Wicked Little Letters

When Rose Gooding (Jessie Buckley) emigrates from Ireland to the English seaside town of Littlehampton with her daughter Nancy (Alisha Weir), the good-hearted but boisterously foul-mouthed woman with her live-in black lover Bill (Malachi Kirby) is rather scandalous for the 1920’s.  She also happens to move in next door to a misogynistic tyrant, whose straight-laced, middle-aged daughter, Edith Swan (Olivia Colman), nonetheless befriends her.  But while Edith’s father Edward (Timothy Spall) and Chief Constable Spedding (Paul Chahidi) have no evidence, they have no doubt Rose is responsible when Edith begins receiving “Wicked Little Letters.”

Laura's Review: B-

Writer Jonny Sweet uncovered this true story and it has a lot to say about feminism, including the part played by Police Officer Gladys Moss (Anjana Vasan), the first female police officer in Sussex, but he makes it all go down easy by giving it a comedic tone.  As directed by Thea Sharrock ("Me Before You," "The One and Only Ivan"), the film plays something like a Miramax film of the 90s or 2000s or a Masterpiece Theater one-off with R-rated language.

The contrast between Rose and Edith is presented right from the get go as a cheerful Rose, clad in a slip, throws her front door open onto the street, deposits a tin washtub outside and goes back in.  Next door on Western Road, a primly dressed middle-aged woman appears, makes a face as she daintily picks a clod of hair out of the tub, throws it into the street, and takes the tub inside.  These are days when neighbors share a bath, an outdoor toilet and just about everything else due to the relatively thin walls connecting their abodes.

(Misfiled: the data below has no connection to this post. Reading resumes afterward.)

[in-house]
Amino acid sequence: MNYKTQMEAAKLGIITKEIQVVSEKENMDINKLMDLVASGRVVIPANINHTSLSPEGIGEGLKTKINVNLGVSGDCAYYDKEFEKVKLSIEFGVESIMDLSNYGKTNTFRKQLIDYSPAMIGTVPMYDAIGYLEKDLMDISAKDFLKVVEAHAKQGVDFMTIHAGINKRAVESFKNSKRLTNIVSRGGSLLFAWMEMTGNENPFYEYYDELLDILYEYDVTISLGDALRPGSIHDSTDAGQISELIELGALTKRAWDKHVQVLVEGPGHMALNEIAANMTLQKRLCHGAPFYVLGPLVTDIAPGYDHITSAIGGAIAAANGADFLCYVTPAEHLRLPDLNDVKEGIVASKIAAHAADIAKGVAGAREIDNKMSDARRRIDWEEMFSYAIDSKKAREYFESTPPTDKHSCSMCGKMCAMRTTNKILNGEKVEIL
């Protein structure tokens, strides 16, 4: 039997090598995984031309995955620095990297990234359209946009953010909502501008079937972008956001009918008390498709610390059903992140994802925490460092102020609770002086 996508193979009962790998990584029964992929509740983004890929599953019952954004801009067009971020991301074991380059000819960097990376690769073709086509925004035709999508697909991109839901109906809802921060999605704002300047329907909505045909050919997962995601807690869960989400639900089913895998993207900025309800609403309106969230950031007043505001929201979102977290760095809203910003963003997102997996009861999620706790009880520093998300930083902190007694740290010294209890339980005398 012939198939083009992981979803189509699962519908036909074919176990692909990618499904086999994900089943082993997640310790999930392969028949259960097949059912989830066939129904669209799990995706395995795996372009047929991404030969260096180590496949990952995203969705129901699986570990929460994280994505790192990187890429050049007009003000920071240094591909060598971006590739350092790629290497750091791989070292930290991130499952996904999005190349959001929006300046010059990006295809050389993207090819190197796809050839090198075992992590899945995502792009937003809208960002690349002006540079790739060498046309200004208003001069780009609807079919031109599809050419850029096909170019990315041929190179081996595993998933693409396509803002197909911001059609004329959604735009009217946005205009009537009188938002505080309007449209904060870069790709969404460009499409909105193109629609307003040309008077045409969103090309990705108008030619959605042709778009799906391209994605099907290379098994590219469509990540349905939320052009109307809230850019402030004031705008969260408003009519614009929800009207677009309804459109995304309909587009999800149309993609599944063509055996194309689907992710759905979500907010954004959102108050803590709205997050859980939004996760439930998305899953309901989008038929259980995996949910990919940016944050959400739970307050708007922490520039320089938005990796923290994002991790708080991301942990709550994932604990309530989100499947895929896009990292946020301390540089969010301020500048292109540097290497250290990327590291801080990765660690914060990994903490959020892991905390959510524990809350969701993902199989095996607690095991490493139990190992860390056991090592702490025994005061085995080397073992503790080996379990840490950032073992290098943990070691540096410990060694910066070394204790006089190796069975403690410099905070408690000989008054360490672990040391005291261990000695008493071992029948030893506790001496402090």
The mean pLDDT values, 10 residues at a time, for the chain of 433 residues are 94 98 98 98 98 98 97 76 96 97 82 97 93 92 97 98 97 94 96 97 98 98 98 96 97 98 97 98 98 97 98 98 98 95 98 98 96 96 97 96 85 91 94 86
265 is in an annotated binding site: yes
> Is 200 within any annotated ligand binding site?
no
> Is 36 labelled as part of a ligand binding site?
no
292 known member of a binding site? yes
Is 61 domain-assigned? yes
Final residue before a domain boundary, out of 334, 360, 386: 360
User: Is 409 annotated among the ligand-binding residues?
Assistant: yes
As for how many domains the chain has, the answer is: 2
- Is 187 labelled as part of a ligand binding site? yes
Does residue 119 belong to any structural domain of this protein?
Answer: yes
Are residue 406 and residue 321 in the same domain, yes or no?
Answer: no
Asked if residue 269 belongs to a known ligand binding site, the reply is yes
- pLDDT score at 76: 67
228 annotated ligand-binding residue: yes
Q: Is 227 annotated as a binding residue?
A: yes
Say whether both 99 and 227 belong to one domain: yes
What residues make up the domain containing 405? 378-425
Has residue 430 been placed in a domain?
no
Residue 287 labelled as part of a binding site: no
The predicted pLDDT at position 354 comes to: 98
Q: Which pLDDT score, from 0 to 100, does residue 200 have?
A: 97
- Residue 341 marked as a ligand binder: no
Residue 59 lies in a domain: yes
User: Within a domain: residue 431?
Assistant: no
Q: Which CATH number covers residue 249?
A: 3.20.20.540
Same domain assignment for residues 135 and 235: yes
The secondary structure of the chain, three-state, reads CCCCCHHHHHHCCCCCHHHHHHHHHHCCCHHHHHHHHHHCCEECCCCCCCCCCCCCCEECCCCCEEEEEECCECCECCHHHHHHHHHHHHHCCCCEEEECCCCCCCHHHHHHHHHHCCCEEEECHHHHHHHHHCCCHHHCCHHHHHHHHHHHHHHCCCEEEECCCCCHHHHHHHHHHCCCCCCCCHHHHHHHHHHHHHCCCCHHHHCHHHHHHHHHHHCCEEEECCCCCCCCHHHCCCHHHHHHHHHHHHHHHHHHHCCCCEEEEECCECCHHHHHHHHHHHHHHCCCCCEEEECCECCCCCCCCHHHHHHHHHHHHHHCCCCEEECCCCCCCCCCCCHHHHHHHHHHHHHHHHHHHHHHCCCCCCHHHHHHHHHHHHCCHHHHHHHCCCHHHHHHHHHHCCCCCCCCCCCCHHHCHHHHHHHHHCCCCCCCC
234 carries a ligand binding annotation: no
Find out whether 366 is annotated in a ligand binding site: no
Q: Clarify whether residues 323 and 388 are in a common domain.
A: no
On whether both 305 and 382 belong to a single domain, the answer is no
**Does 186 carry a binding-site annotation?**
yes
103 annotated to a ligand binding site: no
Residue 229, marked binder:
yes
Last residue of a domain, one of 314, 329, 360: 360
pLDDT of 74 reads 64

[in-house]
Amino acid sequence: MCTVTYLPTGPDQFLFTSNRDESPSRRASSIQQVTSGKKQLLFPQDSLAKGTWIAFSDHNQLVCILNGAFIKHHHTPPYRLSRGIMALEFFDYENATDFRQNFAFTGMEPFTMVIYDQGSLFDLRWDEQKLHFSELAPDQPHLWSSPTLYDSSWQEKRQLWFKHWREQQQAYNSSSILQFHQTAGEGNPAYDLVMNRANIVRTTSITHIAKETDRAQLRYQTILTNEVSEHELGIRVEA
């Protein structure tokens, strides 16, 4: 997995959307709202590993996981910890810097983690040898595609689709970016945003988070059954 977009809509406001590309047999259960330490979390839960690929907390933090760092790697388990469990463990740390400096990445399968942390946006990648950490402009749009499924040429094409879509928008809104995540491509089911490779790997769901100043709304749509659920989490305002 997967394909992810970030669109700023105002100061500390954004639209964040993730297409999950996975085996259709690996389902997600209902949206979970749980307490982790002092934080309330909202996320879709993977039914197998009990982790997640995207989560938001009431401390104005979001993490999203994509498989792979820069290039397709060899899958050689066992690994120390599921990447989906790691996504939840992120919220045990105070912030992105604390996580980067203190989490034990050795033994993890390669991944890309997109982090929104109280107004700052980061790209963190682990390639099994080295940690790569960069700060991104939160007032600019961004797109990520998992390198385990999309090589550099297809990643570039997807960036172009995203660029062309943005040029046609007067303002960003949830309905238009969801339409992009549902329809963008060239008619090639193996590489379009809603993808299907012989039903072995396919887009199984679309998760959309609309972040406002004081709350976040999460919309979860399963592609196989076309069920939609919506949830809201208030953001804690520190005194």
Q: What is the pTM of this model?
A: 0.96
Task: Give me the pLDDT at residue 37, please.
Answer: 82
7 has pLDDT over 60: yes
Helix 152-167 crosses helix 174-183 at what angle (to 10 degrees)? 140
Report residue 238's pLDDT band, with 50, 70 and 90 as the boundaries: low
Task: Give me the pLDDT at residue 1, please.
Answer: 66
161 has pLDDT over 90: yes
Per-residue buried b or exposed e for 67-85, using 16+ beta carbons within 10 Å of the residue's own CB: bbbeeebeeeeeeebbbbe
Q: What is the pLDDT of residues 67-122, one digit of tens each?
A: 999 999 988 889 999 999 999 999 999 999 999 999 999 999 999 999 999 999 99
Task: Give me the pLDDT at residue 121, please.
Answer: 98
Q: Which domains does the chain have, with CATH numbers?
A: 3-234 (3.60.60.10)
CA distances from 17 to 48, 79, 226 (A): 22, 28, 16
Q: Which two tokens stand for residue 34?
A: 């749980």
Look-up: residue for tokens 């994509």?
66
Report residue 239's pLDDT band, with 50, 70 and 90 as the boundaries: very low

We witness the Swann family receiving the 19th in a series of letters, one which horrifies them and which Edith’s mother Victoria (Gemma Jones) believes merits a call to the constable.  The letters are composed of a series of hilariously coarse name calling directed at Edith, and they can hear Rose’s foul language right through their walls (along with her vigorous lovemaking with Bill).

Edith may be middle-aged, but she behaves like a child around her father who demands complete obedience and calls her ‘my little Edith,’ but when he demands she bring him a piece of cake while she is in conversation at his birthday party, Rose speaks up, telling him to fetch it himself.  A scene erupts, Rose violently head butts one of Edward’s equally despicable friends and Edith shows her delight with a secretive smile.  The very next day, though, child services makes an appearance at Rose’s door and not too soon after the police arrive to arrest her for the libelous letters.

As Rose screams curses from within her cell, Gladys questions her boss and Constable Papperwick (Hugh Skinner), both annoying by always preceding her title with ‘female,’ about the evidence, only to learn it is all circumstantial.  She begins to nose around town and, hooking up with Rose’s whist partners Mabel (Eileen Atkins), Kate (Lolly Adefope) and Ann (Joanna Scanlan), sets out to prove Rose’s innocence.  As Rose herself stated, why would she have brought her daughter to start a new life only to endanger it?

This comical subplot is a bit twee, relying on exaggerated character quirk and outsized acting, a tonal imbalance with the rest of the film.  Buckley is fun to watch as the foul-mouthed lover of life, her daughter, and Bill, and Spall is almost chilling as her exact opposite, a mean-spirited oppressor.  Jones balances out the Swann household without actually having any power whatsoever in its dynamic.  Olivia Colman is aces doing meek and bumbling with rebellion peeking through, but we’ve seen this from her before, most recently in “Empire of Light.”

Most should figure out just what’s going on well before the authorities.  “Wicked Little Letters” turns an obscure national scandal into a fun little romp with a thing or two to say about underestimating women.

Robin's Review: B

Sony Pictures Classics releases “Wicked Little Letters” in select theaters on 3/29/24, expanding in subsequent weeks.